Most commercial aircraft are struck by lightning at least once a year. Usually the aircraft itself is responsible for triggering the lightning, by flying through a heavily charged region of cloud. Passengers and crew might see the flash and hear a loud noise, but normally the lightning travels over the conductive exterior of the plane and causes no immediate damage. However, the plane has to be taken out of service after every lightning strike for inspection, often causing delays and cancellations.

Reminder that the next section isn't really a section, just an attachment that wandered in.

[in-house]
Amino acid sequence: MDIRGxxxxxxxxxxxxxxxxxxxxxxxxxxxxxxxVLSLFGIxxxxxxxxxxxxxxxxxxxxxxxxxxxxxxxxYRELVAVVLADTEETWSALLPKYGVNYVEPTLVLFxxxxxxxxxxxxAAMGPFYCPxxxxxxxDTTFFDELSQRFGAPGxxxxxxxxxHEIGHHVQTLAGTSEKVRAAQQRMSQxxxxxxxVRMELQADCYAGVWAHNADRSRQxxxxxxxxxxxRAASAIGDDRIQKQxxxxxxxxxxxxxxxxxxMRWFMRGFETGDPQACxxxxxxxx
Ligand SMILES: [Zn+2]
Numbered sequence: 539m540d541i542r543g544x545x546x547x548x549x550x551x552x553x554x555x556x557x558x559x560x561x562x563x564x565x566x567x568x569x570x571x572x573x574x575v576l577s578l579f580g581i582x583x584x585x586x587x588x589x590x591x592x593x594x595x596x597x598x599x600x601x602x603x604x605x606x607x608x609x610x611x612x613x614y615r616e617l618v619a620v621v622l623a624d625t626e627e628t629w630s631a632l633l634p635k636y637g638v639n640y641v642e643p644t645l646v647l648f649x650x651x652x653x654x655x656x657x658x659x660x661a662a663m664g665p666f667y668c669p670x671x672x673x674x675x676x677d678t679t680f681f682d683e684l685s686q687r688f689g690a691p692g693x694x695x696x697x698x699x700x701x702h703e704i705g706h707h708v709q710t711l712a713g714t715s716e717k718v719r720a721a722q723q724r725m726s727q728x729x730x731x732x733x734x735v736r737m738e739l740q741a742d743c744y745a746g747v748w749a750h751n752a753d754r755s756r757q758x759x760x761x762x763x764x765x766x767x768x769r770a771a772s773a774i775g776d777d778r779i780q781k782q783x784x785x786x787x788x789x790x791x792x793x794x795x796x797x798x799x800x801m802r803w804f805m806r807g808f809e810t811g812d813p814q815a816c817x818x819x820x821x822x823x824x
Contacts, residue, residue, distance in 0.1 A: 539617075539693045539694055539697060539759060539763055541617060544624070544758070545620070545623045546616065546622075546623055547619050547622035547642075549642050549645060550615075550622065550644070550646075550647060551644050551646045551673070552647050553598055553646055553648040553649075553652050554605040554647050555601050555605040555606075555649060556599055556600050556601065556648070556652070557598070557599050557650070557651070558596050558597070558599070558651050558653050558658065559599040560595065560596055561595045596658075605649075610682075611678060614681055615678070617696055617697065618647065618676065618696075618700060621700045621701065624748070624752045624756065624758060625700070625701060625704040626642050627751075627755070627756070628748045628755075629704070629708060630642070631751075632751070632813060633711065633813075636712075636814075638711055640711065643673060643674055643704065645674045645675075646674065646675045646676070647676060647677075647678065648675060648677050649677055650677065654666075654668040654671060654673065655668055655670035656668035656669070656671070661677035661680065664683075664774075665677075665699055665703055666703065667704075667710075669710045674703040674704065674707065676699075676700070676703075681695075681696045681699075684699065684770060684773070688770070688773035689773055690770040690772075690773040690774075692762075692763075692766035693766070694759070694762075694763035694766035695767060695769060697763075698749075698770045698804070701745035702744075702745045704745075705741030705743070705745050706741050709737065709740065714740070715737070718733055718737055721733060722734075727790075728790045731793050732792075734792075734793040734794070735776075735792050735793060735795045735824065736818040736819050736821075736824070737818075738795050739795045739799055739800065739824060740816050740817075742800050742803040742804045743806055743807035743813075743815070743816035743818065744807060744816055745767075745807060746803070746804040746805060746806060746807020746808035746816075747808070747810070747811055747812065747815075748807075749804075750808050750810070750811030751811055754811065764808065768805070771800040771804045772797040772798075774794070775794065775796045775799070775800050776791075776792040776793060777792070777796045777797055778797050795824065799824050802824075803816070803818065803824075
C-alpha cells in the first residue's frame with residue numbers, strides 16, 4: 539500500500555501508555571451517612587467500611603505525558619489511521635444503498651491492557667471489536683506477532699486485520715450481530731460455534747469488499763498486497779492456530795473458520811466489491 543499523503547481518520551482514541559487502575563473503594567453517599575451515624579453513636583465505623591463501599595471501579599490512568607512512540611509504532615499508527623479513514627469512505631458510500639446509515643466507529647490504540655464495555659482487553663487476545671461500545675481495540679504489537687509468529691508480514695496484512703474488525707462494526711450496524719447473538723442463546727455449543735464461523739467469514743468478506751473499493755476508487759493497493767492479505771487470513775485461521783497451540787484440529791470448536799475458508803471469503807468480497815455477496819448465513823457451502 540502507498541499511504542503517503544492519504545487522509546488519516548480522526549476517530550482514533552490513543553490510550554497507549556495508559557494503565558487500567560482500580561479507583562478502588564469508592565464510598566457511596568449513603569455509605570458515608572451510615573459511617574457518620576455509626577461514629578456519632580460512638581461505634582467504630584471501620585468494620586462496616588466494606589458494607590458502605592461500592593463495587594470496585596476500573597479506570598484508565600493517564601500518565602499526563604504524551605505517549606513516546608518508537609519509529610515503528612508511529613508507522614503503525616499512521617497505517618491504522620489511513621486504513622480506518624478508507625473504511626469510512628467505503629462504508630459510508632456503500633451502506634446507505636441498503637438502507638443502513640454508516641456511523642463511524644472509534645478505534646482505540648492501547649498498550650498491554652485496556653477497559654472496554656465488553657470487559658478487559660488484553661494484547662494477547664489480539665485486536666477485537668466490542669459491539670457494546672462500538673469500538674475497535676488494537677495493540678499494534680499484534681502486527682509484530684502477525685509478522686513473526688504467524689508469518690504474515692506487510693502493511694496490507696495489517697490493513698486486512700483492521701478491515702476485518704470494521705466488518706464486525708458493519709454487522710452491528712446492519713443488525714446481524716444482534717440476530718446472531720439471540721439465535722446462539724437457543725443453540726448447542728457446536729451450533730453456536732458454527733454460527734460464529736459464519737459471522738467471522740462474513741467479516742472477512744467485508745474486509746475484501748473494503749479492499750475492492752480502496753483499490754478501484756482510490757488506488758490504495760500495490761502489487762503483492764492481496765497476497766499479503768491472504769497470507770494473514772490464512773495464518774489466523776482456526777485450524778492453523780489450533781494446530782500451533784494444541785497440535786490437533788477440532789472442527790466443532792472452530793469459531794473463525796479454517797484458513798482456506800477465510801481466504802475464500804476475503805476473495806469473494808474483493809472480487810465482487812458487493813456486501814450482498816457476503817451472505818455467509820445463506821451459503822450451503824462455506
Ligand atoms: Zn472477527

Now a study published in the Journal of Geophysical Research: Atmospheres has found a way that aircraft could make themselves less vulnerable to lightning. Using a model aircraft in the lab, the researchers experimented with different levels of charge on the exterior of the plane and monitored what happened when they flew it into electrically charged air. Ordinarily aircraft are designed to be electrically neutral, to avoid build-up of static charge, but to their surprise the researchers found that neutral planes are more prone to lightning strikes. Instead they found that the charged version of the model plane was least likely to trigger lightning. Exactly how this might translate to the real world remains to be seen, but it has potential to save time and money.